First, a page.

For International Women’s Day we asked some of our authors to write about this year’s theme Balance for Better, and here Susannah McFarlane looks at why redressing gender imbalance isn’t just a women’s issue, and why it begins with the stories we tell children.
Words can lose their power sometimes; we use them or hear them used so often they are drained of potency and meaning. So all hail the dictionary for its ability to remind us and restore the sharpness.
- an even distribution of weight allowing something or someone to remain upright and steady
- a situation in which different elements are equal or in the correct proportions
Even, steady, equal, correct proportions.
It makes me think of a toddler walking, struggling to stay upright because she hasn’t quite worked out how to use all her limbs yet. When she doesn’t use everything she has, both arms and legs, things can go a bit pear-shaped and she can teeter, totter and eventually fall over in dysfunction. Our gender-imbalanced boardrooms aren’t that much different perhaps than the limb-imbalanced baby walking: the dysfunction may just be easier to see in the baby, but both fall over.
When things fall over, out of balance, it’s everyone’s responsibility to help pick them up and stop more falling. So it is with gender imbalance: it’s not a women’s issue, it’s everyone’s issue, a people issue.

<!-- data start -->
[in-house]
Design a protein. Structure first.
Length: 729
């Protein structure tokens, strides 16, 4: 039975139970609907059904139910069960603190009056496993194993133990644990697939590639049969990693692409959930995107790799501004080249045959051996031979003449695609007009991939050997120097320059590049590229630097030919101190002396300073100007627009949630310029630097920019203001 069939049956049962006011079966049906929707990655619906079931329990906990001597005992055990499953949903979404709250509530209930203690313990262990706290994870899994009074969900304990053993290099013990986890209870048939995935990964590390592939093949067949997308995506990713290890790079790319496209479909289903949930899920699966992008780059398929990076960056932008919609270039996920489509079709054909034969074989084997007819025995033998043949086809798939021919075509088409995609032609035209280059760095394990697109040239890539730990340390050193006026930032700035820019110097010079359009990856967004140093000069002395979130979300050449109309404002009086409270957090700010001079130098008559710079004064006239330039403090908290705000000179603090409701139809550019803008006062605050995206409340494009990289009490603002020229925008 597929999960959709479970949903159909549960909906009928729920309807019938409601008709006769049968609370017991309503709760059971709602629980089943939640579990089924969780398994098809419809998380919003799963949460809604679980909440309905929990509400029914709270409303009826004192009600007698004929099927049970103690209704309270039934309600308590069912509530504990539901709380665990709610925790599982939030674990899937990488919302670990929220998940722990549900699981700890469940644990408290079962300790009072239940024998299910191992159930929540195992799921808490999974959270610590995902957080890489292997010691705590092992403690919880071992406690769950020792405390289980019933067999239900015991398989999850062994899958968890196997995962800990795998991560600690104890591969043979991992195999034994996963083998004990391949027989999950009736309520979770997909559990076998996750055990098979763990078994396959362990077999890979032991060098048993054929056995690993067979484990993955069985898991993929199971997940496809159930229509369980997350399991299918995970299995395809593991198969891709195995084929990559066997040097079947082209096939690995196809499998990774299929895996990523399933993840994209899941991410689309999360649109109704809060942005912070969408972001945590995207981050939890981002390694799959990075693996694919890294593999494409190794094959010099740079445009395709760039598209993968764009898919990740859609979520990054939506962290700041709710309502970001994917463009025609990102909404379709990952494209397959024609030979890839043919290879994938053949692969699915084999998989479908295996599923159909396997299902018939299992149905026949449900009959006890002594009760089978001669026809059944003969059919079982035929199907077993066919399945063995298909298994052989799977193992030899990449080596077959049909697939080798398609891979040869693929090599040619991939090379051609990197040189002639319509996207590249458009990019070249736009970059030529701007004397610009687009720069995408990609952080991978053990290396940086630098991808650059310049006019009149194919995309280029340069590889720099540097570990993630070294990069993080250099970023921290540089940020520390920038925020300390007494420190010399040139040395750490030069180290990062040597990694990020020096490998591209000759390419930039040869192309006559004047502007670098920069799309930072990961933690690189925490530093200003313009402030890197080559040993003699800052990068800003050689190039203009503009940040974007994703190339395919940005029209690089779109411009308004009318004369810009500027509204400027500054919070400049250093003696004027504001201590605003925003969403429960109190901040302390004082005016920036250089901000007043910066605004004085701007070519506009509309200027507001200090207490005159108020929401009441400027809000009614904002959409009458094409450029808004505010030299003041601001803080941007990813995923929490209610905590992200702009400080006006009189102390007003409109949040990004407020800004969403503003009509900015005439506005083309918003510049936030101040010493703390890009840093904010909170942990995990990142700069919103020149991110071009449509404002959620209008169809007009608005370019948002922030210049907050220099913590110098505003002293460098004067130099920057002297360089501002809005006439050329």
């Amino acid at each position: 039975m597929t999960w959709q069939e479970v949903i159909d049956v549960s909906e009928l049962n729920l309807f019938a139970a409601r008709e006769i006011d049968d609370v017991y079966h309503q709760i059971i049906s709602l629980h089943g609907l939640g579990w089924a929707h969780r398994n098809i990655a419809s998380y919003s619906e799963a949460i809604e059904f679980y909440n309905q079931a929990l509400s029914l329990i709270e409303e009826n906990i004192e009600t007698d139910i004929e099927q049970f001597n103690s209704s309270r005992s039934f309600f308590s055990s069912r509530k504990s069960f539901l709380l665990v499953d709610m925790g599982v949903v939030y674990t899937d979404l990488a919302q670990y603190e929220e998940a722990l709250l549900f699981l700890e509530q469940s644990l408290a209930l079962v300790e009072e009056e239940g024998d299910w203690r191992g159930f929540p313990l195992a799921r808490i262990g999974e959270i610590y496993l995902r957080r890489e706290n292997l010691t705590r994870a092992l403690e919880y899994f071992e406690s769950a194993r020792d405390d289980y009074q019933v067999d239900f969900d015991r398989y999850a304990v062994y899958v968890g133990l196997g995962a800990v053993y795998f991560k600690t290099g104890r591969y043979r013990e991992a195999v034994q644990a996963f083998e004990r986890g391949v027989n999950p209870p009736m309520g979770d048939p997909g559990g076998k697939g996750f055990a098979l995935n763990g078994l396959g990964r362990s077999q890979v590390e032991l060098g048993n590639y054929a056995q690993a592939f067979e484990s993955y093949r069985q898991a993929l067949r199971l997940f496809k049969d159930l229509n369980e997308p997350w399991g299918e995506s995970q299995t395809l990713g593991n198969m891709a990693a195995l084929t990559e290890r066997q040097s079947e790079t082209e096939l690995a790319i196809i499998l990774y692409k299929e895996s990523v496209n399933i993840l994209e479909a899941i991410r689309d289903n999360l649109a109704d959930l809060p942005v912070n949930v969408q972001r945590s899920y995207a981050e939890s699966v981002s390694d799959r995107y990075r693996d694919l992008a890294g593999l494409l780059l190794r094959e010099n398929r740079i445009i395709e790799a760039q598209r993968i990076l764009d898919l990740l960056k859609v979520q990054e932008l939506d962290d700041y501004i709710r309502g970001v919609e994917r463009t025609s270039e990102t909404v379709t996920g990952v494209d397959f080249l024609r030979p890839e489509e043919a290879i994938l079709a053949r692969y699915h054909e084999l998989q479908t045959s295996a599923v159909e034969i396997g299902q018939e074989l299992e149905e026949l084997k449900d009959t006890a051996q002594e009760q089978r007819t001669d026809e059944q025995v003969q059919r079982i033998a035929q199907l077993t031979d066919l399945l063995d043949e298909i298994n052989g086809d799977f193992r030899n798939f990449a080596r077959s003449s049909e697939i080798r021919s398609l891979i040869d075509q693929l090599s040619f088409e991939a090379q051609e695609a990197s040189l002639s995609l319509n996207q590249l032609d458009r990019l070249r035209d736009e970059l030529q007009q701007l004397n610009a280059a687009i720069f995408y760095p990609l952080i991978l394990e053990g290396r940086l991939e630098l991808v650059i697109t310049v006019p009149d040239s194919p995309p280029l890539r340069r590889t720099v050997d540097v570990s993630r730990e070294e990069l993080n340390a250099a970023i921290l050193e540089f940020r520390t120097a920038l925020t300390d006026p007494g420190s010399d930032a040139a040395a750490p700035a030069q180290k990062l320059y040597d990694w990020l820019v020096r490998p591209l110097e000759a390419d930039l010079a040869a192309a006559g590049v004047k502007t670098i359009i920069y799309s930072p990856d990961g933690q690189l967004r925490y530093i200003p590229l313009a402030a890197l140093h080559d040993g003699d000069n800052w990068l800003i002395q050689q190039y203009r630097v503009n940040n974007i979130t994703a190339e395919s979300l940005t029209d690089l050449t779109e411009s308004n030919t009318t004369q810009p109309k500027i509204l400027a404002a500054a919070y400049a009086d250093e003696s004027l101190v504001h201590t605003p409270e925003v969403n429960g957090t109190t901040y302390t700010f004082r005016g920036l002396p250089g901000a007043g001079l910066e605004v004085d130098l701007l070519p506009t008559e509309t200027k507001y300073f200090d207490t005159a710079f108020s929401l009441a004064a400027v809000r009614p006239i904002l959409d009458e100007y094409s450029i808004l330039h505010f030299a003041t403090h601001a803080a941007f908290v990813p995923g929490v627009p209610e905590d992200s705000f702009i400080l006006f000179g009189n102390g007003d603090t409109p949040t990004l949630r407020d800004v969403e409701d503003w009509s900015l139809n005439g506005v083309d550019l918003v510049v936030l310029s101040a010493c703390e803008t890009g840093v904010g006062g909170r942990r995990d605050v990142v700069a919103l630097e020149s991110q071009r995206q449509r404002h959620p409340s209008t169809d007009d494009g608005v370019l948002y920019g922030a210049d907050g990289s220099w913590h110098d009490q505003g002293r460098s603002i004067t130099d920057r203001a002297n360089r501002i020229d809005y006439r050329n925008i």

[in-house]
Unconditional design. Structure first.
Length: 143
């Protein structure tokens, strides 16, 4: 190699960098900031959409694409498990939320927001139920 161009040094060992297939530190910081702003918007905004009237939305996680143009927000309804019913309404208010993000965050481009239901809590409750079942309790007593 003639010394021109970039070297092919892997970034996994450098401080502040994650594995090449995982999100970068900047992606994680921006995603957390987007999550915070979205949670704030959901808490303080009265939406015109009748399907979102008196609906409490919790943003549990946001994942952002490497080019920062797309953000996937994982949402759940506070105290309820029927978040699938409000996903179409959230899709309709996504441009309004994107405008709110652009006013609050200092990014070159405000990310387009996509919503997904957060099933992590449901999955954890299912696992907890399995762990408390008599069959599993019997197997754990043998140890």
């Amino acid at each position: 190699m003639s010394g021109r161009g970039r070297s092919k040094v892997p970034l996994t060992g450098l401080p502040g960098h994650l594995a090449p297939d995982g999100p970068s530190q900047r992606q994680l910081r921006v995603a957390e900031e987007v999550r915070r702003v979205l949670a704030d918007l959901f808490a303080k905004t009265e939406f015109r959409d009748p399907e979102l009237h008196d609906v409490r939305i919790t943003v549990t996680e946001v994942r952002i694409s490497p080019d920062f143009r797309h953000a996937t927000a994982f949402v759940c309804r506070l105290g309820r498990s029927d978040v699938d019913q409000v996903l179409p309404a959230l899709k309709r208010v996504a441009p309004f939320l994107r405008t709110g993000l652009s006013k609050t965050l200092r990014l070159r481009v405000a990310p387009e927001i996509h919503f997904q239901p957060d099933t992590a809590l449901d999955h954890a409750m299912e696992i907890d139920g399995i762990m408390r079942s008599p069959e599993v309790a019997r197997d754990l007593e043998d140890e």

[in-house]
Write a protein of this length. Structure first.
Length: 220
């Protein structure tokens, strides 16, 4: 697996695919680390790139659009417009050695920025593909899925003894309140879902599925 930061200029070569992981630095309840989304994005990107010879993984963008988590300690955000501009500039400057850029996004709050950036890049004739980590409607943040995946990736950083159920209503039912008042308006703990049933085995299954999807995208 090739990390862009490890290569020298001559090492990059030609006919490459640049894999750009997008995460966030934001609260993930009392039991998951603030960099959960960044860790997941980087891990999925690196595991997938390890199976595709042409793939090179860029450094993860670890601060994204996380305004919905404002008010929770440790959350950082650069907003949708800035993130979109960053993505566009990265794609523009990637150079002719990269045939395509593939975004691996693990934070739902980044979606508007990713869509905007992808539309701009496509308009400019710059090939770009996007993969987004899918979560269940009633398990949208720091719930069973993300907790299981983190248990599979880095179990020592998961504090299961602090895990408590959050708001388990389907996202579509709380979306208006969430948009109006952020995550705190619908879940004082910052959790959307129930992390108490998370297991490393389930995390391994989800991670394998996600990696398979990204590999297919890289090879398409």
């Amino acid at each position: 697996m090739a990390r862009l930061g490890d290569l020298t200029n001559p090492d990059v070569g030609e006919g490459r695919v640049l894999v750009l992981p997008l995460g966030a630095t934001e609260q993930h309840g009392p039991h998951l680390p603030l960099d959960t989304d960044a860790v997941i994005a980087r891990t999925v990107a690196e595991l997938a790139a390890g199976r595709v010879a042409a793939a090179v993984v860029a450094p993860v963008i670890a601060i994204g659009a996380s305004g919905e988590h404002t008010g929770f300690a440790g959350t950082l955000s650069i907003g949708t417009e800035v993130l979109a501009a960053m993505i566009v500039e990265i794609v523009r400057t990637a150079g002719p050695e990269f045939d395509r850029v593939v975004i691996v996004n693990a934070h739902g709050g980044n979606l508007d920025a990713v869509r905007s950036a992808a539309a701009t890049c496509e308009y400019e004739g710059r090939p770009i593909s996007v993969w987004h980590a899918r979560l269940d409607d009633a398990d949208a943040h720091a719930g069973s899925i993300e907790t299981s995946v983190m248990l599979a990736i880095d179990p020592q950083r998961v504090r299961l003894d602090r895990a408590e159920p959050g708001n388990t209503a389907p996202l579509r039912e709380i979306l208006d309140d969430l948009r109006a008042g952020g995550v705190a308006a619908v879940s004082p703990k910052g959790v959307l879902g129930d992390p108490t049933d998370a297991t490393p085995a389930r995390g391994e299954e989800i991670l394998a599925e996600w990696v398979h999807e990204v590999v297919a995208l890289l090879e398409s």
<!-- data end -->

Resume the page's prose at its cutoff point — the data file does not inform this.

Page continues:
And addressing the issue needs to start young, as young as we can make it. It needs to start in schools, in the home, on the story-telling knee, as we read our kids stories, stories that shape their hearts and minds. A child can’t be what a child can’t see, and the stories we tell are critical to building expectations, hopes and ambitions for happily ever afters.
When we tell our girls to sit tight and await a prince to rescue them, what are we telling them? That their problem-solving skills are sub-optimal? Middle management maybe but not board material? Surely Rapunzel, with all that time in the tower, had the brainpower to plot her own escape? There was nothing wrong with the fact that a prince rode by to help – indeed, it was pretty handy – but surely she could drive the rescue plan? Why should she, literally, sit pretty and outsource the thinking to a passing prince when they could do it as team?
And when we tell our boys that it’s all down to them – the testosterone-driven dragon-slaying and evil witch-wrangling – what are we telling them? That if they can’t physically fight they are B-grade boys? Where would that leave the smaller Hansel, who relies on his sister Gretel to free him from the cage? Wouldn’t the story play better if we see Hansel as the strategist and Gretel the implementer; when we see them working together, each playing to their strengths to get the better of the big bad witch – and get the candy? Hansel and Gretel may just be our model CEO and CFO.
We need balance in the business of storytelling, a tilting of the tales which may have led us off kilter. The stories we tell our kids can be a good start towards us all getting a grown-up happily ever after.
Later this year we’ll publish Bold Tales for Brave-hearted Boys, an illustrated collection of ’tilted’ fairytales featuring kind boys with big hearts which is a perfect companion to Fairytales for Feisty Girls, which featured girls with smarts. While boys can be pretty handy at dragon-felling and tower-climbing, but there is so much more to them than brawn and bravado: they have a lot to say and feel as well, as these tales will tell.